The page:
Other Health Conditions with Hepatitis C: What to Watch Out For

As if having hepatitis C wasn’t enough of a burden, many of us have other health conditions that can make it even worse. Some of the symptoms may be a part of liver disease due to the virus. But what happens when you have other problems that are not even related to hep C? In that case, you need help managing hep C with other health conditions.

Concurrent conditions with hepatitis C


Studies have shown that those who have hep C are at a greater risk to get type 1 and type 2 diabetes.1 Because your liver regulates the sugar in your body, you can develop insulin resistance. That just means that the sugar in your body may not get into your system as quickly as it needs to. This creates imbalance. If you already have diabetes, you can get rid of the virus and settle your body down. If you do have diabetes, the dosage of hepatitis C treatment may need to be adjusted. Your insulin may change as well, at least until you finish treatment. The newer hep C medications make it easy- less pills with fewer side effects. Your doctor can guide you on hep C treatment with diabetes.

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Heart disease

If you have had hep C for a long time, you may be at risk to develop heart disease. The virus replicates in the liver, but it puts a lot of pressure on all the other organs as well. There is an increased risk of high blood pressure when liver disease become advanced. Portal hypertension is a result of a really sick liver. My doctor suggested that I lower my exercising heart rate until after treatment. That meant slower walking instead of running to prevent varices bleeds. Eating only healthy fats can help reduce the burden on your heart. Regular, gentle exercise and a heart healthy diet are recommended before, and during, treatment.


If you have sores in your stomach, they may be a part of liver disease that stem from varices in your stomach. I had many in the top of my stomach, and they caused nausea and vomiting at times. Other types of ulcers may be caused by bacteria or by food allergies. Stress can make ulcers worse due to increased stomach acid. Your doctor can advise you about antacids or other types of nausea medications while you are on treatment. Many stomach problems can go away after clearing the virus.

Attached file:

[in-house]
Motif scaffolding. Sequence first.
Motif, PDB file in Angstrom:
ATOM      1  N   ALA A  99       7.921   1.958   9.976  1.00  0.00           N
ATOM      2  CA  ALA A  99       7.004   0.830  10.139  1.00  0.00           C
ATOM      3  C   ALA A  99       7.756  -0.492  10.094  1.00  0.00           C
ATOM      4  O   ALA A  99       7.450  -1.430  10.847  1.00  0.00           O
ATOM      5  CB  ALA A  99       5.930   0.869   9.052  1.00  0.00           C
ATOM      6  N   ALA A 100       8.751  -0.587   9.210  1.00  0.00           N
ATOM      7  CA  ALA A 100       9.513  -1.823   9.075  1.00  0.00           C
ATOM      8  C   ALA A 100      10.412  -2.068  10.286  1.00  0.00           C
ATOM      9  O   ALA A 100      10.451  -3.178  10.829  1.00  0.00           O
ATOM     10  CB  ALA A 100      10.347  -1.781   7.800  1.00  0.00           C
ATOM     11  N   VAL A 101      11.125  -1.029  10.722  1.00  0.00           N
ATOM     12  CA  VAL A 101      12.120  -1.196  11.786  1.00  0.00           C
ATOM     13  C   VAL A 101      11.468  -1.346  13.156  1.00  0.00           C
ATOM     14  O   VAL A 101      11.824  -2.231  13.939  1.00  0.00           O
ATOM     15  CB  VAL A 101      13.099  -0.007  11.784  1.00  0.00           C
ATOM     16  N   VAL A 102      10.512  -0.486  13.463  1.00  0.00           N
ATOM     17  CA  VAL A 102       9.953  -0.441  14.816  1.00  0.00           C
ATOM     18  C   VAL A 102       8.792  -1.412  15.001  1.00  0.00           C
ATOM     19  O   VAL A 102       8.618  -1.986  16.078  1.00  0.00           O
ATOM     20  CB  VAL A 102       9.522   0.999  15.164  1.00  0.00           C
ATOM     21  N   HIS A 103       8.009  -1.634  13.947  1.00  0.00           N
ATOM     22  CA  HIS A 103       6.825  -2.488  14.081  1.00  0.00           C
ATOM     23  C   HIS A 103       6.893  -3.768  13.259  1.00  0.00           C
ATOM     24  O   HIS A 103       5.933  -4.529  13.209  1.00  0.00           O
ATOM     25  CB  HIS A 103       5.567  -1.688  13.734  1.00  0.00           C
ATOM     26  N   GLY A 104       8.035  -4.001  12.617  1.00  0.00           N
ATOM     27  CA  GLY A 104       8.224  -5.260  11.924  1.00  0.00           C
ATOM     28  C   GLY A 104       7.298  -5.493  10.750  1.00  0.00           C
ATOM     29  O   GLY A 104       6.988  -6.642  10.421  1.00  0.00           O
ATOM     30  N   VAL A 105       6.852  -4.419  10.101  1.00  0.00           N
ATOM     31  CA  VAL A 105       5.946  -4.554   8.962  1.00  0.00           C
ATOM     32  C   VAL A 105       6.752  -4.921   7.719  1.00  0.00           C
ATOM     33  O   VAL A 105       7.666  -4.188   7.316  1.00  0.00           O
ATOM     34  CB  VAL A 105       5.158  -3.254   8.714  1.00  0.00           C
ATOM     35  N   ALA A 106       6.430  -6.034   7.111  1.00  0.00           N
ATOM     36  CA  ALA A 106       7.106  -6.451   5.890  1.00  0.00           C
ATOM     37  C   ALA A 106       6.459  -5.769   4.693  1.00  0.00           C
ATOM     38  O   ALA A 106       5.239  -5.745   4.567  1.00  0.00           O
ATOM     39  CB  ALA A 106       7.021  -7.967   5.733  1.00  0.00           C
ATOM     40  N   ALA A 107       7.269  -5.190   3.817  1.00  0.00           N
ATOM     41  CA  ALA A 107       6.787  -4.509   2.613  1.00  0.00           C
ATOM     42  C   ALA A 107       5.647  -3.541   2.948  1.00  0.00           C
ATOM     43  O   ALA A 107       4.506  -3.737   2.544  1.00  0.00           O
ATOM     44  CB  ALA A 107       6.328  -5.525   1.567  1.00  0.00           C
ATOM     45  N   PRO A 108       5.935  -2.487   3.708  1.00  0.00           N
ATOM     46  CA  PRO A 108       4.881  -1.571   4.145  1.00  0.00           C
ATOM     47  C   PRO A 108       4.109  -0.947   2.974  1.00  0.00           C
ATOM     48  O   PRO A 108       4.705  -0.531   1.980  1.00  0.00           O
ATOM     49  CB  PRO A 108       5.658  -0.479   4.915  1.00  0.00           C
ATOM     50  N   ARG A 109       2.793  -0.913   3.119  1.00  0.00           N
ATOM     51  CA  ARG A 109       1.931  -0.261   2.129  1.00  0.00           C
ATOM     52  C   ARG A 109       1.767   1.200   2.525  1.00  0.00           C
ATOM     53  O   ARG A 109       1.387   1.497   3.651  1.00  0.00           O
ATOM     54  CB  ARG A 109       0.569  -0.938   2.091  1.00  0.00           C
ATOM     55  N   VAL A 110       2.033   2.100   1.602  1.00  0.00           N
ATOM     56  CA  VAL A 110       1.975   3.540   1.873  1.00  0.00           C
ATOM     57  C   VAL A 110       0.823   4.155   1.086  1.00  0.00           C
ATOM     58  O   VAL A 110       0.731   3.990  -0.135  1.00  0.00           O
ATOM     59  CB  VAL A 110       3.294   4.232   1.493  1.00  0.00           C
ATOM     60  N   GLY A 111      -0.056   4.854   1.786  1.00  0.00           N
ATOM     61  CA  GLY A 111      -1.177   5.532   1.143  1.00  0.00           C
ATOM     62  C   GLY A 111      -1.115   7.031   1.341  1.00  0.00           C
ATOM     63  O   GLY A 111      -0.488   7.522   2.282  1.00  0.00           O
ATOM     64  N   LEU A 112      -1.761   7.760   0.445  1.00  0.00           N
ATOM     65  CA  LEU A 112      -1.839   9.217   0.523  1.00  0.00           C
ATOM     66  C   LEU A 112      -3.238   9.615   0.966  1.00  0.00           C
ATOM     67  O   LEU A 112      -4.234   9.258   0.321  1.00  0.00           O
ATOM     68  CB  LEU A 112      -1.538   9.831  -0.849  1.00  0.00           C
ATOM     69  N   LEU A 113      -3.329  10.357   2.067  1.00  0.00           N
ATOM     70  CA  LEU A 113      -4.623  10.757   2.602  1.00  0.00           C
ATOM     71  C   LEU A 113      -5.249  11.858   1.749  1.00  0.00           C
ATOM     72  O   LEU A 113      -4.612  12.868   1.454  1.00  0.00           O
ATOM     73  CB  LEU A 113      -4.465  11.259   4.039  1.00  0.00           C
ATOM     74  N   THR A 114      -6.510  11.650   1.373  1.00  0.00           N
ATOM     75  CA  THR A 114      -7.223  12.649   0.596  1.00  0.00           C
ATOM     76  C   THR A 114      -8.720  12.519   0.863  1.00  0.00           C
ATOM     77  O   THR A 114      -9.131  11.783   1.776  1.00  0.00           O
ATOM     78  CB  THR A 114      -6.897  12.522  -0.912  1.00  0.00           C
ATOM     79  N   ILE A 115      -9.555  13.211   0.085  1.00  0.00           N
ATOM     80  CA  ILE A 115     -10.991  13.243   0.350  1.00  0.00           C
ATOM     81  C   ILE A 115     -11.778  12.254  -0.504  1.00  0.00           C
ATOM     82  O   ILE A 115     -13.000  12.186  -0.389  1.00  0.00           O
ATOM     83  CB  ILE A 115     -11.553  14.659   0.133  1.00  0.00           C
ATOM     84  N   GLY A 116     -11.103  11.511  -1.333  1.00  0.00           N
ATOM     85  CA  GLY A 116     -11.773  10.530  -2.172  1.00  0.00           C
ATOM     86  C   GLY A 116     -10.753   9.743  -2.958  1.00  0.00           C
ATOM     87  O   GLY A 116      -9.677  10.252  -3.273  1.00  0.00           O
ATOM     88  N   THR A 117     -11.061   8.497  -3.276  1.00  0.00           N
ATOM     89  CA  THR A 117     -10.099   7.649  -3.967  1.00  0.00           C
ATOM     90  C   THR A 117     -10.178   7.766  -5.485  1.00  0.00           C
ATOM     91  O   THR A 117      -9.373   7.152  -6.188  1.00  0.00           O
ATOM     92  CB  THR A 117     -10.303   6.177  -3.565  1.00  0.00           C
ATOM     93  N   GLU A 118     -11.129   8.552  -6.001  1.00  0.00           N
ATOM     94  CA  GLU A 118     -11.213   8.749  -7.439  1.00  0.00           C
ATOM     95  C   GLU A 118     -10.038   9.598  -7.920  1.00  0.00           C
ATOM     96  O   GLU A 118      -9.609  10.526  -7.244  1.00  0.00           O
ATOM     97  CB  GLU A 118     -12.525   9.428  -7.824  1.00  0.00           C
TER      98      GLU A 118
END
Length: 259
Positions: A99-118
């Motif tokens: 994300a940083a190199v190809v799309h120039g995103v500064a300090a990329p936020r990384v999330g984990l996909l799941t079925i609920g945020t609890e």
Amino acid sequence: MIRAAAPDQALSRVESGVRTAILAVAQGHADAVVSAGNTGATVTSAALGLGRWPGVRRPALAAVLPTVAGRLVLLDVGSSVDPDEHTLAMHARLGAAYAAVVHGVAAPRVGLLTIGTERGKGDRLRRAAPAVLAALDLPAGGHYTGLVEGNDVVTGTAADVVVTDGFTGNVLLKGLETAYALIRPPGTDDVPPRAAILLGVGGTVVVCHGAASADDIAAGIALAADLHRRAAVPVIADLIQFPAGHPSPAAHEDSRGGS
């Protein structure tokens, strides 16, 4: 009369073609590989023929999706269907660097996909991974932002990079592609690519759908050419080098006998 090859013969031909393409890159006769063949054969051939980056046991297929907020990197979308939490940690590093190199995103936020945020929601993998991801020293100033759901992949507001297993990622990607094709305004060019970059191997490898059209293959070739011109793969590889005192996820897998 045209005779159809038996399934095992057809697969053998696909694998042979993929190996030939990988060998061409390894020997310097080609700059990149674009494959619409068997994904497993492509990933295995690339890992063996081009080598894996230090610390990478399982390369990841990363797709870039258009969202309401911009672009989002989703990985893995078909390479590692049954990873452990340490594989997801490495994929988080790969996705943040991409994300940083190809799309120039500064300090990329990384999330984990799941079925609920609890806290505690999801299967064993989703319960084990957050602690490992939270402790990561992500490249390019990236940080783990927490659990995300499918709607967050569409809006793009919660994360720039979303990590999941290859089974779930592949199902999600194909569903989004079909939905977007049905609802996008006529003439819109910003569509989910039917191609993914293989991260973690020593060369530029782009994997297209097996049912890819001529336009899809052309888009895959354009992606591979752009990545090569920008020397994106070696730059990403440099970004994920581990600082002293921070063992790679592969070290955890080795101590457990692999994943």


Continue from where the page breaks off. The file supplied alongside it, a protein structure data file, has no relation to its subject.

Chronic obstructive pulmonary disease causes congestion and tightness in the lungs. It can be hard to get a deep breath due to restriction in the airways. Staying on track with medical treatment for COPD can help you while treating for hep C. Your doctor can monitor your hemoglobin and help you until you clear the virus. In the meantime, you can self-monitor oxygen and activity levels until you reach SVR.

Summing it up

Hepatitis C is a dangerous and invasive virus that breeds in your liver and can create inflammation in your whole body. If you already have diabetes, heart disease, stomach, or lung problems, they may get worse. Managing other health conditions with hepatitis C is not easy. After you clear the virus, you can then focus on taking care of the rest of your body. Talk to your doctor about any fears you may have. In my personal experience, everything gets a whole lot easier after hep C is gone.

This article represents the opinions, thoughts, and experiences of the author; none of this content has been paid for by any advertiser. The HepatitisC.net team does not recommend or endorse any products or treatments discussed herein. Learn more about how we maintain editorial integrity here.

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